World Series Game 3 Recap

Prior to tonight‘s game, Octavio Dotel stated the obvious. Asked about his team trailing the World Series two-games-to-none, the Tigers reliever said, “We need to win tonight.”

They didn’t win, and that puts them on the brink. With a 2-0 victory behind the pitching of Ryan Vogelsong, Tim Lincecum and Sergio Romo, the Giants are now one game away from the franchise’s seventh title. It would be the seventh time the Tigers have advanced to the World Series and fallen short.

Vogelsong’s performance wasn’t artistic, but it was historic. In 1937, the Yankees captured the first three games of the World Series with their starting pitchers earning wins while allowing one run or less. The Giants became the second team to turn the trick, with Barry Zito, Madison Bumgarner and Vogelsong doing the honors.

It isn’t like the Tigers didn’t have their chances. They threatened in the first inning, but Prince Fielder grounded into an inning-ending double play with two runners on. It has been a frustrating postseason for the well-compensated slugger. He has one hit in 10 World Series at bats after going just 4-for-17 in the ALCS and 4-for-21 in the ALDS.

In the third inning, rookie Quintin Berry grounded into a two-on, inning-ending double play. In the fifth inning, the Tigers loaded the bases only to have Berry strike out and Miguel Cabrera pop to shortstop. Cabrera has reached base in all 23 games he has played in a Detroit uniform, but in one of the key at bats of the Series he was bested by a pitcher who didn‘t have his best stuff The Giants right-hander allowed nine base runners in five-and-two-third innings. None scored.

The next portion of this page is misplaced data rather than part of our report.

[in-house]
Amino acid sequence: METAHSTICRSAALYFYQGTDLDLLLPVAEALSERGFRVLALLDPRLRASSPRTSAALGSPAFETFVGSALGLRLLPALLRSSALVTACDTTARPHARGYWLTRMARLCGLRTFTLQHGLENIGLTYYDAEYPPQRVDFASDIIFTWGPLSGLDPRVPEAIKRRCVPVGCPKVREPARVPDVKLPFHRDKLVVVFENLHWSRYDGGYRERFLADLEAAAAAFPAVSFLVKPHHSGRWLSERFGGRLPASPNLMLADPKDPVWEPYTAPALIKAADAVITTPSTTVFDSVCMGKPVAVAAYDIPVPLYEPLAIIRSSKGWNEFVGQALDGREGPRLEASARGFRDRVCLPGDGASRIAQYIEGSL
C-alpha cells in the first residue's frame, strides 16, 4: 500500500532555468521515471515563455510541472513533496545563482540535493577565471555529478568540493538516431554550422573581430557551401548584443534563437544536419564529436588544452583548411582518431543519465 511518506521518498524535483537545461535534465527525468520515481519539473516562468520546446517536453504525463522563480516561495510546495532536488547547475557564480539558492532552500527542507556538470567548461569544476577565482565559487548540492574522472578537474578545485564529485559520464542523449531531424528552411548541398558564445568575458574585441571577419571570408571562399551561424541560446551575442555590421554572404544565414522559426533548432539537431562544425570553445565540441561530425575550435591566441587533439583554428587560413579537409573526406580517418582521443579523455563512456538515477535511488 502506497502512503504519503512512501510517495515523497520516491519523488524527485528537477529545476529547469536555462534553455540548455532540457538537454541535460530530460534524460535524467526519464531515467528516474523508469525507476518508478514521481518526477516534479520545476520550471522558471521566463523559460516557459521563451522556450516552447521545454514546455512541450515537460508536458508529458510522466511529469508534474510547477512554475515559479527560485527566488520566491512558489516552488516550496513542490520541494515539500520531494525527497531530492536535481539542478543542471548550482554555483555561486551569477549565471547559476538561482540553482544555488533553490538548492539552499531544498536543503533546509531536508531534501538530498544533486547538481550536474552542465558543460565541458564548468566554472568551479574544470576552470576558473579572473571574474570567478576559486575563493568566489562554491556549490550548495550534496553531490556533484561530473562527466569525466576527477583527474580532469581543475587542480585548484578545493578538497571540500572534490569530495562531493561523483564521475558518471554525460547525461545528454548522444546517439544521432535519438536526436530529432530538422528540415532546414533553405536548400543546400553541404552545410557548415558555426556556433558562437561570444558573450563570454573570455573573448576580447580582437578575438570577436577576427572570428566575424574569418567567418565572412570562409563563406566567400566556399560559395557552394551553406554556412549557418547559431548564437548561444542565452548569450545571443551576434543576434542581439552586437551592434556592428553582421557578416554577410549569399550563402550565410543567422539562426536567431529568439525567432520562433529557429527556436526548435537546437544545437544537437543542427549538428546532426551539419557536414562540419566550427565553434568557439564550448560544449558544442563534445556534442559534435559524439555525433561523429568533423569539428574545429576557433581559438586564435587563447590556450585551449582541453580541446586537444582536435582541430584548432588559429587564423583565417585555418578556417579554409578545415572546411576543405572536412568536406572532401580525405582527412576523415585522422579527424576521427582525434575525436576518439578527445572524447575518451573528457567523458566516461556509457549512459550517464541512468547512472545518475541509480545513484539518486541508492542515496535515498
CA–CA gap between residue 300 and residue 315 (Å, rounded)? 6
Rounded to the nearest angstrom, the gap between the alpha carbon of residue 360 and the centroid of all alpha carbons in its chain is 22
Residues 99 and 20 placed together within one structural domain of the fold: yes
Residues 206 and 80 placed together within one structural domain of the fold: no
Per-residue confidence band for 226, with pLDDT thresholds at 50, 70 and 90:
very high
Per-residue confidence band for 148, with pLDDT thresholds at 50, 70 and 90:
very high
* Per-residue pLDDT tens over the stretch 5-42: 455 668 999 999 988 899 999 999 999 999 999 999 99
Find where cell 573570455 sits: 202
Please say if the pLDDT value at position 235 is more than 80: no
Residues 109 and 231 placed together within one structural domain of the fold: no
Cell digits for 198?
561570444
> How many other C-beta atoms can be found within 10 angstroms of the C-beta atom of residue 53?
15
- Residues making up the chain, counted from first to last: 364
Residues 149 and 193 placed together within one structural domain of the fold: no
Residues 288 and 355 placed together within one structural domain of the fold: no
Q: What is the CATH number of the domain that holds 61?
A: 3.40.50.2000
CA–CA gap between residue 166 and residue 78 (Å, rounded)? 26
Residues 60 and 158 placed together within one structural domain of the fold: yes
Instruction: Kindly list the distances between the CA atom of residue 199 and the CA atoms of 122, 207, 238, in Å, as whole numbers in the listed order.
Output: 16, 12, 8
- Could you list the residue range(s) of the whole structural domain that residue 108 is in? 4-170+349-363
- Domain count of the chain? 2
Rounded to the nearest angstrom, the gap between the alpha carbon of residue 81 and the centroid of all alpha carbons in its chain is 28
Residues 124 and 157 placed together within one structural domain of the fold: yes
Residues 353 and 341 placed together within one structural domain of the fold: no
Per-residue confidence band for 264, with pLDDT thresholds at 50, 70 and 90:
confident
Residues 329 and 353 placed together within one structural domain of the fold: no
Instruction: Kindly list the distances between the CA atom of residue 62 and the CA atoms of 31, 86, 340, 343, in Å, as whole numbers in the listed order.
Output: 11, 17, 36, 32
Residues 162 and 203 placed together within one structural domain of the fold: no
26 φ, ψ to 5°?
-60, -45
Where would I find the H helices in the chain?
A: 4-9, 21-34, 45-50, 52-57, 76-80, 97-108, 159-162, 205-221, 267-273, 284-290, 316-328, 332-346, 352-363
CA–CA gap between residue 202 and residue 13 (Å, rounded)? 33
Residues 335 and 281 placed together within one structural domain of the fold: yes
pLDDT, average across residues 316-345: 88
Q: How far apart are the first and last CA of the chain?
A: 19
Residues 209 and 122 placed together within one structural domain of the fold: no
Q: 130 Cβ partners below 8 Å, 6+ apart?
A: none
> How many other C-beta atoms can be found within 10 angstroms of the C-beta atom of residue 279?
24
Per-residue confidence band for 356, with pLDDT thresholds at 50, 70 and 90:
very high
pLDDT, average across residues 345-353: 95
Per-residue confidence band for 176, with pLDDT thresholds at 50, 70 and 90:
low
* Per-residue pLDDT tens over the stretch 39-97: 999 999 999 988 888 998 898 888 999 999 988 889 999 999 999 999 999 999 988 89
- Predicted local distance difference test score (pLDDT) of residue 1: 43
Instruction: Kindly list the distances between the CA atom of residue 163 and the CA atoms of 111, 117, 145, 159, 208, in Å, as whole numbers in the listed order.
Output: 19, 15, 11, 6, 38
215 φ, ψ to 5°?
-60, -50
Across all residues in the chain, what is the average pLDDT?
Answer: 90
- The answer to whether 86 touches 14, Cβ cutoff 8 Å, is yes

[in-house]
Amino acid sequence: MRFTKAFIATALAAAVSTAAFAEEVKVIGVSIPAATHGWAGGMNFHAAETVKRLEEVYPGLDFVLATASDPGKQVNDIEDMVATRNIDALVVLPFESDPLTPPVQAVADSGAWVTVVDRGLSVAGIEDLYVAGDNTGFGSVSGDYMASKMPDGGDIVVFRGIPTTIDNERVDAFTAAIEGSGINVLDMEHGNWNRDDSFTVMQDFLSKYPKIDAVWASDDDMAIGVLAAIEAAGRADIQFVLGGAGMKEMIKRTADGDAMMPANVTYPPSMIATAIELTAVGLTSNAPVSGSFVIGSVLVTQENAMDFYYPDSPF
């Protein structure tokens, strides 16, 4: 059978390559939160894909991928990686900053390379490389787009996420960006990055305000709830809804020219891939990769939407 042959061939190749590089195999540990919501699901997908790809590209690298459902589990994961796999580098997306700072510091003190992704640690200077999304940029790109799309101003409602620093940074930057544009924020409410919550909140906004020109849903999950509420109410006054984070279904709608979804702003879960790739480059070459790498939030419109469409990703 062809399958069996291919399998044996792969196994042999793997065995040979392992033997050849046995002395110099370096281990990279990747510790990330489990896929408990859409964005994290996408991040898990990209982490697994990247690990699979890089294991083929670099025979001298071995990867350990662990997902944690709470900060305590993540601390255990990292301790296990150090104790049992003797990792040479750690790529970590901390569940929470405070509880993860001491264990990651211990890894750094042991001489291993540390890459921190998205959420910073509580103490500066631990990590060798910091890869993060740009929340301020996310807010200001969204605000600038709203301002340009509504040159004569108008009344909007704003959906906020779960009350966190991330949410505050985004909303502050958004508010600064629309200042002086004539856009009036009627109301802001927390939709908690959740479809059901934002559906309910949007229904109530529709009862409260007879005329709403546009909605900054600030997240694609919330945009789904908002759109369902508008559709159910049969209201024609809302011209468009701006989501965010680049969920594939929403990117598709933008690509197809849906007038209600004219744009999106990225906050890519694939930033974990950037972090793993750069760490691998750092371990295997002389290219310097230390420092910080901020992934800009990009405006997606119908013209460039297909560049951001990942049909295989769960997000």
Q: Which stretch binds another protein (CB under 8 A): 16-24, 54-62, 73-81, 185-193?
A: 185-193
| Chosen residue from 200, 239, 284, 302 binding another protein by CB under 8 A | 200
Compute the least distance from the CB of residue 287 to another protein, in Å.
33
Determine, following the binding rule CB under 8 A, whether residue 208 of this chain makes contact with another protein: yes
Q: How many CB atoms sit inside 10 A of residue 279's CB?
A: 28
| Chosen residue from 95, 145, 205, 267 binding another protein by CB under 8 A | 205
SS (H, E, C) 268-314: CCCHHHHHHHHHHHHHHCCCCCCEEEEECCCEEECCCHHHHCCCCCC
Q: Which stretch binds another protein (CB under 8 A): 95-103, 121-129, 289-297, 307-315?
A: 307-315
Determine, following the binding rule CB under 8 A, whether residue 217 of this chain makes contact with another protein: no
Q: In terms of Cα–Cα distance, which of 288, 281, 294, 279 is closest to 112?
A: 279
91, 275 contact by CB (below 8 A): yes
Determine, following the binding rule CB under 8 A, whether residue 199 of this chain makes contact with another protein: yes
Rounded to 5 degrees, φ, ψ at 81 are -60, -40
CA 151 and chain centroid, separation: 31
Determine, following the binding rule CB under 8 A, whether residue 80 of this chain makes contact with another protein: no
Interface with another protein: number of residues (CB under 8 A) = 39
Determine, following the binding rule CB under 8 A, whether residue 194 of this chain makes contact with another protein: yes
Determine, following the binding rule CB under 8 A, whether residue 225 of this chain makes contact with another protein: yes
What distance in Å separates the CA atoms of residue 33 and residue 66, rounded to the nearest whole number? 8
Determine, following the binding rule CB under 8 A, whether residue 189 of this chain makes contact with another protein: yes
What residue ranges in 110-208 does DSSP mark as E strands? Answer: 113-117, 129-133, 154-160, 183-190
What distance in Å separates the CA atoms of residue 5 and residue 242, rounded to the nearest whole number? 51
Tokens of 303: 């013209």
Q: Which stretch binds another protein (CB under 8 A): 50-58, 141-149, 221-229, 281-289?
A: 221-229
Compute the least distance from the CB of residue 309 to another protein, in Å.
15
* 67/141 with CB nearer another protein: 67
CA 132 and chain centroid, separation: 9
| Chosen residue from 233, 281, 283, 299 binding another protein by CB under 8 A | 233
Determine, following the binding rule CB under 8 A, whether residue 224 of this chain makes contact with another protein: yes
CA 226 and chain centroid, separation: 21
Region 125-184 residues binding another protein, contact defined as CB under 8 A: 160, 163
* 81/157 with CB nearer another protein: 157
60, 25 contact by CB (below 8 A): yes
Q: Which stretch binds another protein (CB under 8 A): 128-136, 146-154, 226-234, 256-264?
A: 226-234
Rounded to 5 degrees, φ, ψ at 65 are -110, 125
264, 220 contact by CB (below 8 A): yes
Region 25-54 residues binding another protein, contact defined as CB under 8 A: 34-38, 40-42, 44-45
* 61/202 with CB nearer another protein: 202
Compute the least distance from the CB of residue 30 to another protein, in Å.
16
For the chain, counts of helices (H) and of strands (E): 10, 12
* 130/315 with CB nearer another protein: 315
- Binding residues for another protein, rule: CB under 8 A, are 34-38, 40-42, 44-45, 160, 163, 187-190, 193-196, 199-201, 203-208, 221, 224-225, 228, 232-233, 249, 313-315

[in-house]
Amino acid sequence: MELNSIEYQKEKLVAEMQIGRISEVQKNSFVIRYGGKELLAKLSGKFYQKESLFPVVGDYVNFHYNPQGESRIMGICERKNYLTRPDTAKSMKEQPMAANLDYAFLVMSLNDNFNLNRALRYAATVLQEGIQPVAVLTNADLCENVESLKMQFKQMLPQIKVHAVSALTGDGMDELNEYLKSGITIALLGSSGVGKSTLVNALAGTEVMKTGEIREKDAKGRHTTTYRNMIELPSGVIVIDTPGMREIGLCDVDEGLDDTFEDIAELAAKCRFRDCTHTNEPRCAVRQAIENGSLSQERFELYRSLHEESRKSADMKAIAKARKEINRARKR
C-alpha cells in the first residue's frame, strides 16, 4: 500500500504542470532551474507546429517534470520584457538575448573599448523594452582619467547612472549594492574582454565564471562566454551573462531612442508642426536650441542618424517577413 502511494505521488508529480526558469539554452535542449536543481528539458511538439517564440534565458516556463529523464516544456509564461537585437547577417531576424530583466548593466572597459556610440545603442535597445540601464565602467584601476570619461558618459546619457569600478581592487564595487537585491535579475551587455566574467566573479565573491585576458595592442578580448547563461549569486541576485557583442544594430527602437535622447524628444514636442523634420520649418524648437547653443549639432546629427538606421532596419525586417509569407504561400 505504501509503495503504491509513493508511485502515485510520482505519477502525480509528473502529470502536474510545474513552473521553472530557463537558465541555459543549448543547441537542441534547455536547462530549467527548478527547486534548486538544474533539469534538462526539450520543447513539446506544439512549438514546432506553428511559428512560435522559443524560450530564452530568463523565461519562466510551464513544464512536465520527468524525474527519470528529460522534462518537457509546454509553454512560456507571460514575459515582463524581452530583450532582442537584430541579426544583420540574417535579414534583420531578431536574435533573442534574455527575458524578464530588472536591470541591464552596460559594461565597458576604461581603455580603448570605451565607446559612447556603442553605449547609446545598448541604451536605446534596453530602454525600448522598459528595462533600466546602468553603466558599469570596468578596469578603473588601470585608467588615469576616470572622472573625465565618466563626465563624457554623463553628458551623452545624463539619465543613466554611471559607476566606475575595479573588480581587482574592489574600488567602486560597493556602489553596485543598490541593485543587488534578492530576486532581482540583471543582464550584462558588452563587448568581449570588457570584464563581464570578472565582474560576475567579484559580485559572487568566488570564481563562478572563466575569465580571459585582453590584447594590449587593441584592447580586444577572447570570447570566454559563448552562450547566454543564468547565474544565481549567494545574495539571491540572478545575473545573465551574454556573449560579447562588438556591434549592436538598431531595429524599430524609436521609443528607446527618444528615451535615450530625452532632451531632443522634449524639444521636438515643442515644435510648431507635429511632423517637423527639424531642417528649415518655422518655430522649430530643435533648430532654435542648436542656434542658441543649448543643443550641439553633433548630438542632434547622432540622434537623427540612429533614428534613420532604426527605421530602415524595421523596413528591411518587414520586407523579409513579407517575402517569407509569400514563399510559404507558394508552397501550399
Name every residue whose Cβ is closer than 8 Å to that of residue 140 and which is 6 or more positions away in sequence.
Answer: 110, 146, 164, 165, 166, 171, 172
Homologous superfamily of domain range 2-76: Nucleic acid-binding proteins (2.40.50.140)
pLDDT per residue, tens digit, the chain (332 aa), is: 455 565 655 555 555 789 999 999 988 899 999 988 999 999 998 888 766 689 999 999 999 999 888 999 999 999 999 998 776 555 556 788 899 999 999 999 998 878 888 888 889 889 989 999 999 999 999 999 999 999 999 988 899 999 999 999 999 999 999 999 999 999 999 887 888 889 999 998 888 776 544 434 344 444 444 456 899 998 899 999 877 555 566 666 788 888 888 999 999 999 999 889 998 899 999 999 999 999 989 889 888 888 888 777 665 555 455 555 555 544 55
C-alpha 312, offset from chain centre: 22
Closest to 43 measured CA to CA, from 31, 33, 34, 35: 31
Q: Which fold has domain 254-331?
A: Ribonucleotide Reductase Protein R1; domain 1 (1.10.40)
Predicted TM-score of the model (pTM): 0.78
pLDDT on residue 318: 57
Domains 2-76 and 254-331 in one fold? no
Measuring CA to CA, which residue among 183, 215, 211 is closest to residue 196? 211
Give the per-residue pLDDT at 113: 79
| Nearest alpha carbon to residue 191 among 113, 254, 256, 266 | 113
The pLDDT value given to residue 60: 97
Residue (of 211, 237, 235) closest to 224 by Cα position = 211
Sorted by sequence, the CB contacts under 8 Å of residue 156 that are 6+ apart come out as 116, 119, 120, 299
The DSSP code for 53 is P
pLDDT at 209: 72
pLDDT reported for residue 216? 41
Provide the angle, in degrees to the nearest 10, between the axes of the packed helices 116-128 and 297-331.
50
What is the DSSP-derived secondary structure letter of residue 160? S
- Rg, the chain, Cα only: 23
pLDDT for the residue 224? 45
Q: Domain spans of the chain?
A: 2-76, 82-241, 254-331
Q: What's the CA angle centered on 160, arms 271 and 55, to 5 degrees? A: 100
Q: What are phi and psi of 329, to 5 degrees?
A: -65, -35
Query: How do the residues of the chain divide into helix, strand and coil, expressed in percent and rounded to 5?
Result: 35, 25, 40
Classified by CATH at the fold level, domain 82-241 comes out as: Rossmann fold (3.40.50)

“We had him on the ropes a few times,” said Tigers manager Jim Leyland after the game. “We just couldn’t get the killer blow.”

The Giants offense did just enough. In the second inning, Gregor Blanco tripled in a run and proceeded to score on a bloop single by Brandon Crawford. Blanco is now 5-for-8 lifetime against Tigers starter Anibal Sanchez, including a pair of three-baggers.

“He just threw me a pitch to hit and I was able to do some damage with it,” said Blanco. “But to tell you the truth, this was just one game. Tomorrow, after 27 outs, if we win, then we’ll celebrate. Until that happens, we have to maintain our focus.”

Sanchez, who fanned eight over seven strong innings, showed plenty of focus in becoming just the third Venezuelan-born pitcher to start a World Series game [Freddy Garcia and Les Straker are the others]. He deserved a better fate, but his teammates have suddenly become as offensively-anemic as the Yankees were in the ALCS. The Tigers have now gone 18 innings without scoring and have crossed the plate in just two of the last 27.

The Giants, meanwhile, are on a roll. Bruce Bochy’s team has not only pitched shutouts in three of the last four games, they haven’t trailed in 54 innings. Barring a reversal of fortune, they’re poised to close out the Series. If the Tiger are to prevent that from happening, they have one choice.

“The key for us is to win tomorrow,” said Fielder. “And then the next day and the next day and the next day. We can’t lose.”

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David Laurila grew up in Michigan's Upper Peninsula and now writes about baseball from his home in Cambridge, Mass. He authored the Prospectus Q&A series at Baseball Prospectus from February 2006-May 2011 before being claimed off waivers by FanGraphs. He can be followed on Twitter @DavidLaurilaQA.

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Three runs for the Tigers all coming in one game with back to back shutouts to follow. Pretty much sums up this series. Hitting like the local JV high school team will tend to lose you games.